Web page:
Fascinating rocks abounded.  Notice the big pumice type rock my collection is sitting on.  Maybe it's a relic from the eruption of Mt. Baker in Washington State?

On the way back, as the tide was rapidly retreating, we ran into sandbars, many sandbars.  I didn't take any pictures then, as we were too busy trying to push ourselves over the sand bars, often just a couple of inches below the surface.  The challenge was to not have to actually get out of our kayaks and pull them, but none of us were successful at that.  We did a lot of hysterical laughing as we pushed with our hands to try get past the sand and we kept heading out into the bay to find some deeper water.  It was mind boggling how far we had to go out.  We were almost at the dredged channel for the bigger boats.

Finally water deep enough to paddle in.

It was just the perfect day, honestly, I can't stop smiling when I think about it.  We vowed to go again, but hopefully pick a day when the tide didn't keep trying to strand us on a sand bar.


Tuesday, November 19, 2019

Fifty Shades of Brown and Grey

At the end of last week we went to Oliver.  It's been a long time since we have been able to go over a weekend, but since our farmer's markets are over the year, that option has been opened back up to us.  I also thought it might be easier for our lovely housesitter Meredith to be there on a weekend, when she doesn't have to dash off to work.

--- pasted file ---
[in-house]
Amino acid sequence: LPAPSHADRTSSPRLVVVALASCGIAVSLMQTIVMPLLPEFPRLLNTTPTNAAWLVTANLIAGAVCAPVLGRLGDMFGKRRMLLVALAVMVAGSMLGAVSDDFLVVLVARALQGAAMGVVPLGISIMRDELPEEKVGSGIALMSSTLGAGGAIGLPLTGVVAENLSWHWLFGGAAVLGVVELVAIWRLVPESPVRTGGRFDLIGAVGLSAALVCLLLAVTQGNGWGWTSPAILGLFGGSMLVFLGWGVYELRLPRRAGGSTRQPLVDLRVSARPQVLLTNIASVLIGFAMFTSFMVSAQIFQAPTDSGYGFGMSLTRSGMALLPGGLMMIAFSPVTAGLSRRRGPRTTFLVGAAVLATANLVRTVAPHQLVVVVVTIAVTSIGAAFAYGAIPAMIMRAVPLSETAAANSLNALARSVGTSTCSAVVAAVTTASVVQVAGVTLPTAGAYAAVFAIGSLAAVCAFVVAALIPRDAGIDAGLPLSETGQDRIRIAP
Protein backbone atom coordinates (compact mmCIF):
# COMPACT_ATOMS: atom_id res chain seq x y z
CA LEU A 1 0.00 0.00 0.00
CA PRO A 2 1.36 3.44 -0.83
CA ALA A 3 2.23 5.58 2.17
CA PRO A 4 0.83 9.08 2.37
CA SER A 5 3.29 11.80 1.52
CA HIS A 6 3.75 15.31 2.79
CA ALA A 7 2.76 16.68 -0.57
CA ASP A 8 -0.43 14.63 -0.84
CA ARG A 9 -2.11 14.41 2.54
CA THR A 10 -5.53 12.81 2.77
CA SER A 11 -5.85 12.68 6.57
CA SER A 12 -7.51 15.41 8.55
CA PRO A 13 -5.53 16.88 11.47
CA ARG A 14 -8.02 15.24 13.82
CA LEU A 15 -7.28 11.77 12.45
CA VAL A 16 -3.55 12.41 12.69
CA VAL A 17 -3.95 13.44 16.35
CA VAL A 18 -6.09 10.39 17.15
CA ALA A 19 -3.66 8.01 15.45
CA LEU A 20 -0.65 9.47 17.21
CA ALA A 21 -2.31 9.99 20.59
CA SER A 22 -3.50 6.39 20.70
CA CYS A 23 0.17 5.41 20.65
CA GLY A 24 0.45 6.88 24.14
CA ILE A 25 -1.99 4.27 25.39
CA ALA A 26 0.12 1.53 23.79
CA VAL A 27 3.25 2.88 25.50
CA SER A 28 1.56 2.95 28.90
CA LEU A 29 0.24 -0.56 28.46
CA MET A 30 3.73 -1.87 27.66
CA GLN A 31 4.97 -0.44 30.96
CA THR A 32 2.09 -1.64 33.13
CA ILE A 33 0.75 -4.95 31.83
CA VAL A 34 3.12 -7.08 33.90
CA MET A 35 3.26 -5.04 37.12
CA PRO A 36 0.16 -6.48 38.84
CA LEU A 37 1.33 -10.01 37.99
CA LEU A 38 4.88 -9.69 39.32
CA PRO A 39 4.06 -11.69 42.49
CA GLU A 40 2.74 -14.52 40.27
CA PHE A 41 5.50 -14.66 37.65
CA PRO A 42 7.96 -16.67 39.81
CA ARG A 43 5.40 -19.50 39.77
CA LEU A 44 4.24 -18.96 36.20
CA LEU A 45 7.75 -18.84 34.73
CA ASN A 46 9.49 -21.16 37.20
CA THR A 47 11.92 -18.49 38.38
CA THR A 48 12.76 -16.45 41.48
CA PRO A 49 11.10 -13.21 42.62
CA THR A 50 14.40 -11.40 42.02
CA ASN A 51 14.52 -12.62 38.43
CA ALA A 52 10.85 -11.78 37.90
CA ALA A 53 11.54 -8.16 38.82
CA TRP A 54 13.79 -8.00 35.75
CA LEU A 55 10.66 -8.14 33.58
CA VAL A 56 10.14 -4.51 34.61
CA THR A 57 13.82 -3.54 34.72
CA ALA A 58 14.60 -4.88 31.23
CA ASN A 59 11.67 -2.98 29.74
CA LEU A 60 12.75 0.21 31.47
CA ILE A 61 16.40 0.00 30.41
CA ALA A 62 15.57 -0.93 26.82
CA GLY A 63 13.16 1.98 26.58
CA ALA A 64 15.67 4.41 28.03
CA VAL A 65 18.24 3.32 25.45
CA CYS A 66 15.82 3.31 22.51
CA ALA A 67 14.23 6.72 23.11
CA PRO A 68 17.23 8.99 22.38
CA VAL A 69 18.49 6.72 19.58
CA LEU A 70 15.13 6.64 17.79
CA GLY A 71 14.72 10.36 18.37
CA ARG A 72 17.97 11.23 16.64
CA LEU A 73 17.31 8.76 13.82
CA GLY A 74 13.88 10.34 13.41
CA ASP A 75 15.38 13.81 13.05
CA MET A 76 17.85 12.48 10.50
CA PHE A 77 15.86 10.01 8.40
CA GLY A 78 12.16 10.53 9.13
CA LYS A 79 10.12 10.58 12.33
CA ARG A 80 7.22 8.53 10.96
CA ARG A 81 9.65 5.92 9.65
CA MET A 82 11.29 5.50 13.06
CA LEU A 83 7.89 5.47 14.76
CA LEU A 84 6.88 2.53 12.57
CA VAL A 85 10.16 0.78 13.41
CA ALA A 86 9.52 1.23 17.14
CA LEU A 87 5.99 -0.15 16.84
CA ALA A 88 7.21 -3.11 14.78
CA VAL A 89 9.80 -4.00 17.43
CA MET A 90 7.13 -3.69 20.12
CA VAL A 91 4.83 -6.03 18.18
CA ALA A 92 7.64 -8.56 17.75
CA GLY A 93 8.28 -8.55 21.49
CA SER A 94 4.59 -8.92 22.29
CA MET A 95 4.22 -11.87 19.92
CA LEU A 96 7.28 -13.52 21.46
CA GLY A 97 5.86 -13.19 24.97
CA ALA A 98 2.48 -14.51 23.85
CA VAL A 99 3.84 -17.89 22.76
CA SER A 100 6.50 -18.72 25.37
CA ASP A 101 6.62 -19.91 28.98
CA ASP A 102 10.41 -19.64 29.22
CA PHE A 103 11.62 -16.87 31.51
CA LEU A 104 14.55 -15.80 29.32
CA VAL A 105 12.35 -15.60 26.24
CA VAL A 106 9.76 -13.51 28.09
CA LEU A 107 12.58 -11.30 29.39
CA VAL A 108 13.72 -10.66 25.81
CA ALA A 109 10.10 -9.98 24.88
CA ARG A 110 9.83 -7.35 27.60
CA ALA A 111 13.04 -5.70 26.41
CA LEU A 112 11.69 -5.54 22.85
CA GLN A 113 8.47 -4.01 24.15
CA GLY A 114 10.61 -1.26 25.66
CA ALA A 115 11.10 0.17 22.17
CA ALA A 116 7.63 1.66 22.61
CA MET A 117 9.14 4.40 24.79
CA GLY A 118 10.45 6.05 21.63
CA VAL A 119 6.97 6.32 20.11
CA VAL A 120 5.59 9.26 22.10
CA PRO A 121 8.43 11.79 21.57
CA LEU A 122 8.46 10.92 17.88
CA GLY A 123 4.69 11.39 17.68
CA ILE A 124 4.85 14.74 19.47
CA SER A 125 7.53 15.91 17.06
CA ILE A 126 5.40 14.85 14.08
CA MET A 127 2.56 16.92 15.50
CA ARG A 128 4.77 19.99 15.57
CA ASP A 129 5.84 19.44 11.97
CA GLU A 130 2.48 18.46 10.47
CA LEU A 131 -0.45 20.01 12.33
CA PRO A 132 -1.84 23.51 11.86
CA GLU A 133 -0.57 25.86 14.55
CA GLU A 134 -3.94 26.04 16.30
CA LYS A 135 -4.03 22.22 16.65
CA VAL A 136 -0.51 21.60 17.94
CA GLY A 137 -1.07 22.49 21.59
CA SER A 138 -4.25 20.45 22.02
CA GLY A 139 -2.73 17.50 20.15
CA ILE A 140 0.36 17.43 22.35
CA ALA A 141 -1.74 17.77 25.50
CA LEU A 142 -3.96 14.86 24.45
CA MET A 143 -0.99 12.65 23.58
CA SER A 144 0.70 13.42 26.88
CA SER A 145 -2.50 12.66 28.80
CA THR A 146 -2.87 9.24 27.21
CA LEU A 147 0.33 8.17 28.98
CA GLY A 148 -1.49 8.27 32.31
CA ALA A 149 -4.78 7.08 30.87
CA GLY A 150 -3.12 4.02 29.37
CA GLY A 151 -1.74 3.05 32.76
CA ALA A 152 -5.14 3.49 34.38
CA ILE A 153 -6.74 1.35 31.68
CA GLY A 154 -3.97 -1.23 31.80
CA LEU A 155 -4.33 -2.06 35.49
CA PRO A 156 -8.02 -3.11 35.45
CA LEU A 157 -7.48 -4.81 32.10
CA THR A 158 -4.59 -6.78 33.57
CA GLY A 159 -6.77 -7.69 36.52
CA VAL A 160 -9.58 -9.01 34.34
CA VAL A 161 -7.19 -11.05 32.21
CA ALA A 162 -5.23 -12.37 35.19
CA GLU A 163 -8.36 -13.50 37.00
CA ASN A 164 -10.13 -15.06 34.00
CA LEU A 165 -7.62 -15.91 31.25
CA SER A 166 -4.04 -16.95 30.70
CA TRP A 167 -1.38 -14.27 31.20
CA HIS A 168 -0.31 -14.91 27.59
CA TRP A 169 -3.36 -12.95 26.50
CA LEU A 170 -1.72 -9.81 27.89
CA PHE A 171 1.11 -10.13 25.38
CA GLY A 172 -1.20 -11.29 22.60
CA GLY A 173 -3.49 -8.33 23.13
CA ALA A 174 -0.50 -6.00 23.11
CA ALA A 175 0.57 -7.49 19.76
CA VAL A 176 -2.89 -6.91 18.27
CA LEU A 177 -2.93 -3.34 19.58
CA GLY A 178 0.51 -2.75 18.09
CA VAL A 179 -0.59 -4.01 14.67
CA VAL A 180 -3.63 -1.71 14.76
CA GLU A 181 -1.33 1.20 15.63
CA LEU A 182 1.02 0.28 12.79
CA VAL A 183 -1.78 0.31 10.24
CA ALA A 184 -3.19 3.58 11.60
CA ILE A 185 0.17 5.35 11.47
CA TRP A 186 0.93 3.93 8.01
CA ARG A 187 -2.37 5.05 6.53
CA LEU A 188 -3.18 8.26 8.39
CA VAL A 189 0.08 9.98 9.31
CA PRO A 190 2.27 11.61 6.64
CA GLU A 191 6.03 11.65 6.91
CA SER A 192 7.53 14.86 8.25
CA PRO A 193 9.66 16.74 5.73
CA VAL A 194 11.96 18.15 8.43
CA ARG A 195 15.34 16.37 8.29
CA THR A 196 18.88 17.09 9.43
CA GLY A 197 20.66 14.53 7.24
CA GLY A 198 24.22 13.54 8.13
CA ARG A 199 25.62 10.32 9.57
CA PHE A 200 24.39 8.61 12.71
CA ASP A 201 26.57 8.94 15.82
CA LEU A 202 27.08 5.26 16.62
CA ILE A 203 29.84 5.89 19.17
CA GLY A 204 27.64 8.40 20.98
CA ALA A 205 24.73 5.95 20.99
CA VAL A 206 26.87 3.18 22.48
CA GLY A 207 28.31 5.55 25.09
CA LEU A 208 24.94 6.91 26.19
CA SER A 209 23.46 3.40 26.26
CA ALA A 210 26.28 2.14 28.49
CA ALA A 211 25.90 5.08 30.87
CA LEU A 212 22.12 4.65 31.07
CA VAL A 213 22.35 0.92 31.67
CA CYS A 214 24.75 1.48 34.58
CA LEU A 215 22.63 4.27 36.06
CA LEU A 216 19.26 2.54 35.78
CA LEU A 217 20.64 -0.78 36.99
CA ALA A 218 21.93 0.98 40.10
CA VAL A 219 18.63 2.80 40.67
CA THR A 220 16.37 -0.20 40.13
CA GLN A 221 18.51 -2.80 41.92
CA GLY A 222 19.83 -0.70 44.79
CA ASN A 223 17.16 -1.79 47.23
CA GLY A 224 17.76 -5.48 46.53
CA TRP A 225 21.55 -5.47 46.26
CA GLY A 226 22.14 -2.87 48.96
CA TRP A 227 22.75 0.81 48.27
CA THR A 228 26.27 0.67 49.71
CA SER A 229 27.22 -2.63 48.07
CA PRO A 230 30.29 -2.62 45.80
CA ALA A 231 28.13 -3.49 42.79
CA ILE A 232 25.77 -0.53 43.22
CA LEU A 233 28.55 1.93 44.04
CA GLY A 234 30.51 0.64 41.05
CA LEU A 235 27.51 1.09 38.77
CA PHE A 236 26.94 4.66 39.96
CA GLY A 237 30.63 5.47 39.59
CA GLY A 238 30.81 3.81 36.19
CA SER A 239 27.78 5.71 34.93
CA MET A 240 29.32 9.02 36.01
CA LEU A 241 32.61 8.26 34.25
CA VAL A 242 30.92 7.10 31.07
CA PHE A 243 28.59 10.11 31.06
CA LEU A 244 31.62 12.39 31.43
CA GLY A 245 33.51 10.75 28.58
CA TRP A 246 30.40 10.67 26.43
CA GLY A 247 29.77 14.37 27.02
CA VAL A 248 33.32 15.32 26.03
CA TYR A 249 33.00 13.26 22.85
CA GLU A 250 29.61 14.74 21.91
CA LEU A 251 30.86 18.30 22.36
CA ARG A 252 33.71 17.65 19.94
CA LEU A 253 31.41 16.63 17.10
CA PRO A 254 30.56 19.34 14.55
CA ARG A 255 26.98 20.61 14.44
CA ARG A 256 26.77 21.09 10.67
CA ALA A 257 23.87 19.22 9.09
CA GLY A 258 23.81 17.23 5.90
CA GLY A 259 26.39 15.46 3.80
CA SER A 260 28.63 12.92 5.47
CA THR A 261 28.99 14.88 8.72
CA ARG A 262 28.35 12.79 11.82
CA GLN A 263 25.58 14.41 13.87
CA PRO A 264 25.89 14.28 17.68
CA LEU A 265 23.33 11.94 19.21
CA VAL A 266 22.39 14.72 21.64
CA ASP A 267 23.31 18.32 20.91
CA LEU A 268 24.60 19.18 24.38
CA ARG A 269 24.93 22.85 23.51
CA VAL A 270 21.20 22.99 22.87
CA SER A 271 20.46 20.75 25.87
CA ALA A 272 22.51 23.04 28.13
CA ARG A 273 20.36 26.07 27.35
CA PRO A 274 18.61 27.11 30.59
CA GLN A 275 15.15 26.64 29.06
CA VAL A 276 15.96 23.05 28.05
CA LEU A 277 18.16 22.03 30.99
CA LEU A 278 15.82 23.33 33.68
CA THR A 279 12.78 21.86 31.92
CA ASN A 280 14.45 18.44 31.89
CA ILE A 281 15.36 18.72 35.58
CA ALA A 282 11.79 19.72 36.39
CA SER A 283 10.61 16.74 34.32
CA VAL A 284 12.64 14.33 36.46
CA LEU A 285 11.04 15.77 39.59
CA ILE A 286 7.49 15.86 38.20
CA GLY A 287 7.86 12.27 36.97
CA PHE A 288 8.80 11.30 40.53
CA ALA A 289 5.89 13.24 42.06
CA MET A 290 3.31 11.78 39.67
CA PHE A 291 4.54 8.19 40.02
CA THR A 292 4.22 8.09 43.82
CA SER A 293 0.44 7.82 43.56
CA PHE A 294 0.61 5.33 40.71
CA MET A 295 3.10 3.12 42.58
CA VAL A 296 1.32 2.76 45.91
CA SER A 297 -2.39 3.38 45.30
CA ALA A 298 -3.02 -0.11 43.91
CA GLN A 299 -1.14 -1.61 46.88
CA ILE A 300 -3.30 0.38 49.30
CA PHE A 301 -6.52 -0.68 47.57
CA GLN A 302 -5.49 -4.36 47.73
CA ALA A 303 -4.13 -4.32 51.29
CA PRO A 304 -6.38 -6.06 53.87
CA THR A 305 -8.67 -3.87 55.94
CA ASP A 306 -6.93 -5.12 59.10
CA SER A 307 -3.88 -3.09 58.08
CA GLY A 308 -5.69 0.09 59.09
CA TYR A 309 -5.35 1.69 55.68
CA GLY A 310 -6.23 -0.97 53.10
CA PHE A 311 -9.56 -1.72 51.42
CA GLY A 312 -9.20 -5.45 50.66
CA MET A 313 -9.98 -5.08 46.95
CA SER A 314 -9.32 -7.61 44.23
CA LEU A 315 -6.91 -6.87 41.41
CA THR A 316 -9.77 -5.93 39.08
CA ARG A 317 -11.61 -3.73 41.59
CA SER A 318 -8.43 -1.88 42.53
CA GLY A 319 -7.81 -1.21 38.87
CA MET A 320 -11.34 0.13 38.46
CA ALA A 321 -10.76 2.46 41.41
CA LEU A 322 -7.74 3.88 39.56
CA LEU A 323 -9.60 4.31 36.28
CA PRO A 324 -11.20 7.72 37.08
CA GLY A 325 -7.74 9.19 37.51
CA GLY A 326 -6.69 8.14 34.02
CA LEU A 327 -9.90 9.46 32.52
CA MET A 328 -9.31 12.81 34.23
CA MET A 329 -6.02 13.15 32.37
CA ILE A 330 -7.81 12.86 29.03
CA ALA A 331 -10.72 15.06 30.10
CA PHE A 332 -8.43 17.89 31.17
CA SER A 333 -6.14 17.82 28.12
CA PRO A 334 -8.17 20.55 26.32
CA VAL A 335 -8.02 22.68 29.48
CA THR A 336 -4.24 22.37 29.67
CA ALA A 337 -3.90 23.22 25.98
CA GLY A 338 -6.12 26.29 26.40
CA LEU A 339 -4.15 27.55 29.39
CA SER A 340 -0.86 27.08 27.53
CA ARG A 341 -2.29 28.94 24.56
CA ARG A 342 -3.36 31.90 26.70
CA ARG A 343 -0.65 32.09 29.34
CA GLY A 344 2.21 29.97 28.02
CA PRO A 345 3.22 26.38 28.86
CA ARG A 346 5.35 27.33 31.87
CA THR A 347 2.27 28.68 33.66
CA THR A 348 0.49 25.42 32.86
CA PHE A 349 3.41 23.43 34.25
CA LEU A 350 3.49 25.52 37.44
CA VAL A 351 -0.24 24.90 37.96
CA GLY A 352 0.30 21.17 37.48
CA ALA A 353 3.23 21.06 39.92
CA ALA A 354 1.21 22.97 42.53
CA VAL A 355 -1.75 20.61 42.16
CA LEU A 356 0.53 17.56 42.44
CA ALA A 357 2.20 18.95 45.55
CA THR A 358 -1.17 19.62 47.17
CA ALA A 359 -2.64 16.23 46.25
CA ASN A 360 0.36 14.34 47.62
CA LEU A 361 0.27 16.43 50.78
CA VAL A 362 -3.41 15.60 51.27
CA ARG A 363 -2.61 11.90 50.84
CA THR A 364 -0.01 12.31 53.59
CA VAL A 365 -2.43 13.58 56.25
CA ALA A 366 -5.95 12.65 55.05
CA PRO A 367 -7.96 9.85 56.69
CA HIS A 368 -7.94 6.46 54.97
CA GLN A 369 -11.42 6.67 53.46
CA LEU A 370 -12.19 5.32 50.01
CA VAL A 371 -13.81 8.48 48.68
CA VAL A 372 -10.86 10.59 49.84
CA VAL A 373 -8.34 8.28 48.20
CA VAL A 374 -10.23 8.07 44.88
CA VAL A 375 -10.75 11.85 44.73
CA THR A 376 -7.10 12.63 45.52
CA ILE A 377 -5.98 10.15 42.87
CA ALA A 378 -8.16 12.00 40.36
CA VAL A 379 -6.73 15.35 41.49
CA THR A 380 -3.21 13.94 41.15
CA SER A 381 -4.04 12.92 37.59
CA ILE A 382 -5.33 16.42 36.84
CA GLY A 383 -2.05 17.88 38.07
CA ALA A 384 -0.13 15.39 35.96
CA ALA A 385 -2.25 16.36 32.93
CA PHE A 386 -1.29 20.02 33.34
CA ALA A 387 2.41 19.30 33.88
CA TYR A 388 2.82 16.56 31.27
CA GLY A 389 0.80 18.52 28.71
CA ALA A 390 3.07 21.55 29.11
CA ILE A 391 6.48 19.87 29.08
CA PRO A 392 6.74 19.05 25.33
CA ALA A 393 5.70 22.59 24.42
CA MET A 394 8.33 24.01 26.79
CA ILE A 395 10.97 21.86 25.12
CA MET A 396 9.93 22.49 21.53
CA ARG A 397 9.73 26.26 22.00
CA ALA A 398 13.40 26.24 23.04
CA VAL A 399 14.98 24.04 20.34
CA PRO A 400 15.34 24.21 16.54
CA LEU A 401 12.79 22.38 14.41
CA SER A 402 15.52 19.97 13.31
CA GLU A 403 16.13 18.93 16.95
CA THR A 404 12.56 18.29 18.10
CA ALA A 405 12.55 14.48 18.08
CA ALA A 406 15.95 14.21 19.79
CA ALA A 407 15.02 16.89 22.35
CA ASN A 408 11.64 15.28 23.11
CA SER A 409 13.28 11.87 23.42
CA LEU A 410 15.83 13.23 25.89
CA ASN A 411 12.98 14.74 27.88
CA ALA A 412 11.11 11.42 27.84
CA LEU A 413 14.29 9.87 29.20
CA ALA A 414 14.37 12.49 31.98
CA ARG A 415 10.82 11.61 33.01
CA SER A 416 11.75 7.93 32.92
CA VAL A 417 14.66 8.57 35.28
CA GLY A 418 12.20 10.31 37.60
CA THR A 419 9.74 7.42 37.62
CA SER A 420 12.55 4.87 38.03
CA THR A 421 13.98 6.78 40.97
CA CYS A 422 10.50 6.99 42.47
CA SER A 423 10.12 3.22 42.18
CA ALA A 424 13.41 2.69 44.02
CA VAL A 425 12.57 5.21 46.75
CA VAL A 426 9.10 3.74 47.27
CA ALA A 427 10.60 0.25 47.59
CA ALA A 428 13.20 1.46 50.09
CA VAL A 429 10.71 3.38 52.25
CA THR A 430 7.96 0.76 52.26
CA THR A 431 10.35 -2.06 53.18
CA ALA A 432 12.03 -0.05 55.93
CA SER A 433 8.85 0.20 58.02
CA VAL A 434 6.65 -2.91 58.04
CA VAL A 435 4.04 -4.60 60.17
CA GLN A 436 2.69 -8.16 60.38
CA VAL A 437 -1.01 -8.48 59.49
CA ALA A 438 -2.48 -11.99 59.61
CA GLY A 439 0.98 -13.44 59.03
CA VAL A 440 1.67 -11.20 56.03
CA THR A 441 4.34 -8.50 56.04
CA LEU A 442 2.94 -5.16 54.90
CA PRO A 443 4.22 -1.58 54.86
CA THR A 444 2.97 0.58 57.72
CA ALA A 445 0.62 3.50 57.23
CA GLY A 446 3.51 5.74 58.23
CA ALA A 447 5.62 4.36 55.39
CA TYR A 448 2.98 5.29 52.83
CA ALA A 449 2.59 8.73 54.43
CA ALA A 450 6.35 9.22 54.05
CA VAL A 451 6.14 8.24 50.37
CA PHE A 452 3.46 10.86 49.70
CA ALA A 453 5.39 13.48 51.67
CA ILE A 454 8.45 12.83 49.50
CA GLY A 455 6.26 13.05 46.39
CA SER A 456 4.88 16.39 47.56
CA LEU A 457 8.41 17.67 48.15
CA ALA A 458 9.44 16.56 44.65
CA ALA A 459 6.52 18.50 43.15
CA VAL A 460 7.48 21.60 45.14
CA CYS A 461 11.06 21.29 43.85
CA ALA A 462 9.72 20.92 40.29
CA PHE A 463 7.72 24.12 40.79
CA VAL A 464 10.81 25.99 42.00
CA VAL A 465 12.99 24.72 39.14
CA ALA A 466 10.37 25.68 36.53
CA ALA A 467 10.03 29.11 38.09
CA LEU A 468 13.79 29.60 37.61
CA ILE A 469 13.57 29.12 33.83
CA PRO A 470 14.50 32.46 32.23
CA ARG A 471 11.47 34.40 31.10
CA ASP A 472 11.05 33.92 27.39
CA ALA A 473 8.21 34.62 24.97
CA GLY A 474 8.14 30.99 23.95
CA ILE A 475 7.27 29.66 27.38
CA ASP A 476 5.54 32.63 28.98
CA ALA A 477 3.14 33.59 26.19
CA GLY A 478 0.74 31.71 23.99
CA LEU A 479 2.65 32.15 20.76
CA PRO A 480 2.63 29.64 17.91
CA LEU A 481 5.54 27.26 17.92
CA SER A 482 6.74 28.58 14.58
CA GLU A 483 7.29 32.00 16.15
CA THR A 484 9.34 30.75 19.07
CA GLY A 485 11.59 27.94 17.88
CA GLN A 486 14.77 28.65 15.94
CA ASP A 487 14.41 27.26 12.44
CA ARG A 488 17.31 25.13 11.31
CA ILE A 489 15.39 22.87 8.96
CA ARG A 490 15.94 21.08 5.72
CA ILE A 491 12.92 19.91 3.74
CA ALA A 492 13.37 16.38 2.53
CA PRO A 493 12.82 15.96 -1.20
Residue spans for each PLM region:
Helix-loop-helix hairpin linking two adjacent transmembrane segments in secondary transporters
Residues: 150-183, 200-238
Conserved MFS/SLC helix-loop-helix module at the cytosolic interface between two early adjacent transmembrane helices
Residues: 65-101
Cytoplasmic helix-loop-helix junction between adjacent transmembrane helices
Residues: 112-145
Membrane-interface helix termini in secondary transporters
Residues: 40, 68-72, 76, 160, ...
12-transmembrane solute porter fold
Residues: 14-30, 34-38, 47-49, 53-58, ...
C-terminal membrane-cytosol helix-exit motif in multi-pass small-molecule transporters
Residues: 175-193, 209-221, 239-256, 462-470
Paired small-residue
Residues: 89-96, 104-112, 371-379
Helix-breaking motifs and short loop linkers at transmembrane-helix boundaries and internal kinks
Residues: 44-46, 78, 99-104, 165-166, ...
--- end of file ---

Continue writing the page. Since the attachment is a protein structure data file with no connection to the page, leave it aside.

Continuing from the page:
Unlike our previous trip in early October, we did not run into any snow, at all.  Just rain, and a fair bit of it until we got closer to Princeton, and into the drier climate of the Southern Interior of the province.  The sky cleared for a little bit, and I think that was the only bit of sun we saw for the whole four days, and we saw the most beautiful of rainbows.  I think you have to have a really good camera to pick up the rainbow colours well, and so my photos do not do it justice. Even though I played around a with them a bit to try make the rainbow glow with the vibrance we saw, I was mostly unsuccessful.

We were in Oliver for three nights.  It was mostly an uneventful trip.  The sky was gray the whole time, except for late one afternoon when it cleared off a bit, but the sun was behind the mountain by then.  We did lots of dog walks, like usual.  Maybe not as long as we used to, as Jake doesn't have the endurance now at 15+ years old, that he used to.  He tends to lag behind before too long, and we have to keep turning around to check that he is still coming.  And one time I turned Jake!  No point in calling him, as he can only hear you if you use the right pitch and is within a 100 feet or so. I started walking back, expecting to see him in the brush off to the side.  And I didn't see him, and then panic starts to build and the walking gets faster and turns into a jog, and then finally I spotted him, down the bank, chowing down on a dead salmon.  Bad dog Jake!  Well hopefully he didn't get much, and at least he didn't roll in it which might have been Luna's first choice.